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Cancer care for Warwickshire patients moves to top level

Dr Spyros Manolopoulos and radiation therapy manager Linda Farthing with the new linear accerelator radiotherapy machine at the University Hospital in Coventry.

Dr Spyros Manolopoulos and radiation therapy manager Linda Farthing with the new linear accerelator radiotherapy machine at the University Hospital in Coventry.

Cancer patients across Warwickshire can benefit from one of the most advanced treatments available at the University Hospital, formerly Walsgrave.

The University Hospitals Coventry and Warwickshire NHS Trust, which runs the site in Coventry, has introduced Intensity Modulated RadioTherapy (IMRT), which allows radiotherapy to be targeted much more specifically than previous treatments, meaning that patients with tumours that are difficult to reach can be treated for the first time.

The treatment also allows for higher doses of therapeutic radiation to be used, which increases the chances of success.

The Government has so much confidence in IMRT that it has asked hospitals to use the treatment for 24 per cent of their population - a target that the University Hospital already achieved last summer.

The trust has also recently spent more than £1.8 million on buying a new linear accelerator - the machine used to deliver radiotherapy to patients, complementing the use of a similar machine that will soon be ready for use.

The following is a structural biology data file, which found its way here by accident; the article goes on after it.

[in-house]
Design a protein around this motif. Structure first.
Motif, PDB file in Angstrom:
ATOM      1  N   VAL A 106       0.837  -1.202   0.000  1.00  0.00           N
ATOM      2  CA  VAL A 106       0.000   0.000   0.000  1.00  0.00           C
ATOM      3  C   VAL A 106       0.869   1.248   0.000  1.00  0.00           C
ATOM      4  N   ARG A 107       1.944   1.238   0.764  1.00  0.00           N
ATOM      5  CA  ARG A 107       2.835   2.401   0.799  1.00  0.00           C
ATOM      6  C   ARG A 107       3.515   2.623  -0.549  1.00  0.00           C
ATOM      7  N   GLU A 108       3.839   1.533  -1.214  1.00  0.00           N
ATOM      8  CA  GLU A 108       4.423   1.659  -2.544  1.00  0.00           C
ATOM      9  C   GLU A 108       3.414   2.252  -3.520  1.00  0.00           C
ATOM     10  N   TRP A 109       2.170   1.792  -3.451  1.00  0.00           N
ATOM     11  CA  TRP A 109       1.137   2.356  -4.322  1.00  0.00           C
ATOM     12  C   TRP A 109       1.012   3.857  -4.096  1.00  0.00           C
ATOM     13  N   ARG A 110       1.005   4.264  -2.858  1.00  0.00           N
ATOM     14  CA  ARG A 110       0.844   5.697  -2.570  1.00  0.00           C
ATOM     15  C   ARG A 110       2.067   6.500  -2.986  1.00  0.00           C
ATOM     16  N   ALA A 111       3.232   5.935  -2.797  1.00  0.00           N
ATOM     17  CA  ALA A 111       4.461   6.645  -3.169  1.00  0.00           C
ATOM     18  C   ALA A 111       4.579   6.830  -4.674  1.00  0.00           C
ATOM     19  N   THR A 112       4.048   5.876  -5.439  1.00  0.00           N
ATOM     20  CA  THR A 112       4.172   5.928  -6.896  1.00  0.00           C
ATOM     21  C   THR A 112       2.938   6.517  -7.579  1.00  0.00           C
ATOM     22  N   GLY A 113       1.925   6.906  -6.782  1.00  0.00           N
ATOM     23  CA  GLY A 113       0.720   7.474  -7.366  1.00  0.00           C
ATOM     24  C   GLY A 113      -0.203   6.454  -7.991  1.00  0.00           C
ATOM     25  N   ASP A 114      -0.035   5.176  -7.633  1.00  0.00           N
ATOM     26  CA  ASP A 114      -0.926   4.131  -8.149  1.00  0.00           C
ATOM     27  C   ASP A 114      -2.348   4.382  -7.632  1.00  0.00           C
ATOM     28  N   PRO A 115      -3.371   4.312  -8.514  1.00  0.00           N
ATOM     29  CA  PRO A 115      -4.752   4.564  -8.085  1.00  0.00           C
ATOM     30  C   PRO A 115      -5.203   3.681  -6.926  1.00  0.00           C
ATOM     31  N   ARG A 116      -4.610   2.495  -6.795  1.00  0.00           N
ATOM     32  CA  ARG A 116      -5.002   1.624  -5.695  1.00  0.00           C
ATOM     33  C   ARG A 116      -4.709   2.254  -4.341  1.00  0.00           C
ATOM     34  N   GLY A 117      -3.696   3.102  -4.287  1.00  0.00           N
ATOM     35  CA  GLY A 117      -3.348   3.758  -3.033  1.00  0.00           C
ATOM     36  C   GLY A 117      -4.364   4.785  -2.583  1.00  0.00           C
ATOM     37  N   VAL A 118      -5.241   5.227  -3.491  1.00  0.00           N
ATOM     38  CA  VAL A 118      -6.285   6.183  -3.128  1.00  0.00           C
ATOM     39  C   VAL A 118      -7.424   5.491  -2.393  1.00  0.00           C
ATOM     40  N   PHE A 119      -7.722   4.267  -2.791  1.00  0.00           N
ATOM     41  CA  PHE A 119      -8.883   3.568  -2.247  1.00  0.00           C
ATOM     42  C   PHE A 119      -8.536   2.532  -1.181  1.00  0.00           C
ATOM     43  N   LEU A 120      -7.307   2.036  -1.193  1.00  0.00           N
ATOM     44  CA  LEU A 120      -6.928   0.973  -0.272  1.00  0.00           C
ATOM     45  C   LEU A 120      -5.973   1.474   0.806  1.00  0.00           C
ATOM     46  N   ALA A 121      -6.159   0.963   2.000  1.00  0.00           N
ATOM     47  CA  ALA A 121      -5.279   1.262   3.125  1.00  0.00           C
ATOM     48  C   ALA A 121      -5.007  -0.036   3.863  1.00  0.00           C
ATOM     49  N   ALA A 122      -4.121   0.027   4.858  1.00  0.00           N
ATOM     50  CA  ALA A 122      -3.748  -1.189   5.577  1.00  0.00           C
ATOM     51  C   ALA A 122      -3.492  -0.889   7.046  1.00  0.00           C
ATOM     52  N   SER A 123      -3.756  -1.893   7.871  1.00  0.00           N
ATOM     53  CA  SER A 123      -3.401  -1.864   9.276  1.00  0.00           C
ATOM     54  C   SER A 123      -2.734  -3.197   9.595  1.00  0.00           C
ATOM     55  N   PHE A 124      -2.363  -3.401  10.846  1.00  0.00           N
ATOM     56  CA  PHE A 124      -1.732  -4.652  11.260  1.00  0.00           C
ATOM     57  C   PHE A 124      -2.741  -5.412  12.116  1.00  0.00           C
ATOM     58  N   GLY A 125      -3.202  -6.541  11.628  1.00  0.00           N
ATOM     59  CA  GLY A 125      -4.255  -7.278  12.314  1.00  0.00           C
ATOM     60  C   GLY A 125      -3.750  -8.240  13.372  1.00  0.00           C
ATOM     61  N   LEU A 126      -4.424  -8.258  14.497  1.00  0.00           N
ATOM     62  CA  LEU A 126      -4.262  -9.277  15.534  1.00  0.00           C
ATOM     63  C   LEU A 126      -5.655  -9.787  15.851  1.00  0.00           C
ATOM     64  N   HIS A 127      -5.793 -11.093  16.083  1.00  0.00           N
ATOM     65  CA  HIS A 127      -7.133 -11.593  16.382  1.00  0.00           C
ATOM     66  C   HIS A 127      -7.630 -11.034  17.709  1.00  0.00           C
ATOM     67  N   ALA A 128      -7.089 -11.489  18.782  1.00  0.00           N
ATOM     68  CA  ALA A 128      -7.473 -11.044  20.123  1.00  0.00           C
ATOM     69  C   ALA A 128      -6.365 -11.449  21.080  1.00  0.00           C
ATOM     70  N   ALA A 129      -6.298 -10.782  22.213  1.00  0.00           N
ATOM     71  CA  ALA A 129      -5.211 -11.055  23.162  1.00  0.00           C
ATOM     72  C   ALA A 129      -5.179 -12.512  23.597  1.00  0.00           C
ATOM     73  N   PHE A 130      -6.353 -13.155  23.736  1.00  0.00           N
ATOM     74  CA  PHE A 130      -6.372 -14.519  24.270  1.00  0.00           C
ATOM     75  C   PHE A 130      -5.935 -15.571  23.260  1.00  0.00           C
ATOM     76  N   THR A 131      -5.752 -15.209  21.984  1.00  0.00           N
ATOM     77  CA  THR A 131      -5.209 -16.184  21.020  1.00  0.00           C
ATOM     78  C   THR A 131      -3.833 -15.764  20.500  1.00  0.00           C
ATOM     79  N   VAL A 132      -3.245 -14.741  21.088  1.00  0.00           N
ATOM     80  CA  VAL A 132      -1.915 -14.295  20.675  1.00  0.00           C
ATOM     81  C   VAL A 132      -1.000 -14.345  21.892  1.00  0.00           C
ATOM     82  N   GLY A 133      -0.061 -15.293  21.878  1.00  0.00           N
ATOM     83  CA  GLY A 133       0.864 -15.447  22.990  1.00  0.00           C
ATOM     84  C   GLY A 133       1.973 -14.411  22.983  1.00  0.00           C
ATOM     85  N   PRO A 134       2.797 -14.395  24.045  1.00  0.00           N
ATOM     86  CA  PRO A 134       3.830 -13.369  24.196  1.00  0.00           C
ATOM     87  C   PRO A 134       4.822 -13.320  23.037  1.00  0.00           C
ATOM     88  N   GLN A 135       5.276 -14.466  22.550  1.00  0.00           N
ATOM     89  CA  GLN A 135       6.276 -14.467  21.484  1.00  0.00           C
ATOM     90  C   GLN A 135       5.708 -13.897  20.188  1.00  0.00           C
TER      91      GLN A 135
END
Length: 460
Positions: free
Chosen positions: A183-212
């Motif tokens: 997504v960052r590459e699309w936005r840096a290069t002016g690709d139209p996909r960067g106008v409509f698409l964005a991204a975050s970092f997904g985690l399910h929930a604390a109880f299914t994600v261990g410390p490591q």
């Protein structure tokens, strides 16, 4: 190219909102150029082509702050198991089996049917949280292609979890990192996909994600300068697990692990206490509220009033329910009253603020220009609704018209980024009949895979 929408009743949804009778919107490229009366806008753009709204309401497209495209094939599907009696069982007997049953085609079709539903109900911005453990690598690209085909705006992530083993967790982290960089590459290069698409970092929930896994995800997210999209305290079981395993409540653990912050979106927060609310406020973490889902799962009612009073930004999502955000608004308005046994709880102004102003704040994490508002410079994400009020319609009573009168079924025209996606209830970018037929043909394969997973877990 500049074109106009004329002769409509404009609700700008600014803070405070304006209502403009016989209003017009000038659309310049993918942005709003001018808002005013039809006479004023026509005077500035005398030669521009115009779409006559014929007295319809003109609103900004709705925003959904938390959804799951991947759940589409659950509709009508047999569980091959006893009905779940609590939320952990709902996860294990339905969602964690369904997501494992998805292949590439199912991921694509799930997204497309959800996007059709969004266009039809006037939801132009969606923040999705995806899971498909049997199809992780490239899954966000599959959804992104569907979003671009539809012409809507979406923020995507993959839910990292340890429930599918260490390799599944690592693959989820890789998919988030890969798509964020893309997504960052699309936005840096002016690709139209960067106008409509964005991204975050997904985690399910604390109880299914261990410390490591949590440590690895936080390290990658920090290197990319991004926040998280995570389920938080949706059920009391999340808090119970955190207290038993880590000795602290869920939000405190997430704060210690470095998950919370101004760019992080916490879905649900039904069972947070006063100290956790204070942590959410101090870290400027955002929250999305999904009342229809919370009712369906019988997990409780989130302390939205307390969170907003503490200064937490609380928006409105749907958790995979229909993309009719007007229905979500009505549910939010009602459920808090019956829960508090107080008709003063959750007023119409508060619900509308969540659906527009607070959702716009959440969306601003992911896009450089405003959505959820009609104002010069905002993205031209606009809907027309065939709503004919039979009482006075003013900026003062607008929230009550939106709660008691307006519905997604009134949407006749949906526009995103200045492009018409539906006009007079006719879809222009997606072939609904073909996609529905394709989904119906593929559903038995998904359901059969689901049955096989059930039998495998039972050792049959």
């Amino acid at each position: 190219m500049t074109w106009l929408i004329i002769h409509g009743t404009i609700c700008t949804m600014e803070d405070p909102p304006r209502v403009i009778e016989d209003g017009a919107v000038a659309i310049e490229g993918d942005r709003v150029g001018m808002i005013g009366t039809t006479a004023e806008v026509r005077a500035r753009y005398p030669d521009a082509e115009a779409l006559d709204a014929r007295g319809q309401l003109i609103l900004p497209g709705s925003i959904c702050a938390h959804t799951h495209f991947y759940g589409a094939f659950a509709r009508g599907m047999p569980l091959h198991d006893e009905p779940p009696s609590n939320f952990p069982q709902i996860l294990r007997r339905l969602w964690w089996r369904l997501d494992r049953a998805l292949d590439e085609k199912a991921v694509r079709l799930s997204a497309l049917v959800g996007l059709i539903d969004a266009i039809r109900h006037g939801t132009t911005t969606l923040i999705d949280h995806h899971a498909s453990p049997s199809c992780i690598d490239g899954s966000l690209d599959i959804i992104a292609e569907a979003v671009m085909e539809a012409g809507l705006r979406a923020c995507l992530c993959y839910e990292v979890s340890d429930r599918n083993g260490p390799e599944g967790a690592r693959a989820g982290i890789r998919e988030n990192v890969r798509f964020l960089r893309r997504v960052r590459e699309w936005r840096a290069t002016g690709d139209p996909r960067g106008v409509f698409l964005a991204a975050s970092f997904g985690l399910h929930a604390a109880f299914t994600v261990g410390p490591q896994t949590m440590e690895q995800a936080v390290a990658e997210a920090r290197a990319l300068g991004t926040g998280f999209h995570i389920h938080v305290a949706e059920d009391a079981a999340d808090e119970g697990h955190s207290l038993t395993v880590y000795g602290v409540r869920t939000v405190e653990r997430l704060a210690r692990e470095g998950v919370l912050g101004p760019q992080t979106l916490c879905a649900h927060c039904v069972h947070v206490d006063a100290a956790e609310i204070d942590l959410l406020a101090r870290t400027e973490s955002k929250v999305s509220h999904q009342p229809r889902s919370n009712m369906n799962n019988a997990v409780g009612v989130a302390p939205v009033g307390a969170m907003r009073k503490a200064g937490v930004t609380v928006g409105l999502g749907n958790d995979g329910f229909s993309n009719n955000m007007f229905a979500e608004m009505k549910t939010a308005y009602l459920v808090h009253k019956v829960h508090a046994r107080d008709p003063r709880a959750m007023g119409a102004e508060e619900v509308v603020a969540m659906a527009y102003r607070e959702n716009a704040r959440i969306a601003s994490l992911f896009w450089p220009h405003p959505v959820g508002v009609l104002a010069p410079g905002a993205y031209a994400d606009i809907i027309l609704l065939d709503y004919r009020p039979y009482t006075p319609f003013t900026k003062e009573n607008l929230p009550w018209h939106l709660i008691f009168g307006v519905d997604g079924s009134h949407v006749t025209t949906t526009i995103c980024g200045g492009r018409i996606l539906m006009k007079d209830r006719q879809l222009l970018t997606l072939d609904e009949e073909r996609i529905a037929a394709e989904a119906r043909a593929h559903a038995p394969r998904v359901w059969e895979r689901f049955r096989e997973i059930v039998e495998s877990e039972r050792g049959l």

Dr Spyros Manolopoulos, the trust’s strategy lead for radiotherapy physics, said: “The team is very proud to bring these state-of-the-art machines that will allow for more cutting edge treatments to be provided to our patients and enable the introduction of new advanced treatments currently not offered by our centre.”

Radiation therapy manager Linda Farthing added: “This is a fantastic treatment which makes a real difference to our patients.

“Patients with cancer are often scared and stressed about what options they have for treatment so we are proud that at the University Hospital, we can offer this cutting edge technology to them.”

The trust’s chief executive Andy Hardy said the new treatment and machines used together mean that the hospital is able to provide “internationally-renowned care” for patients in the Coventry and Warwickshire area.

 

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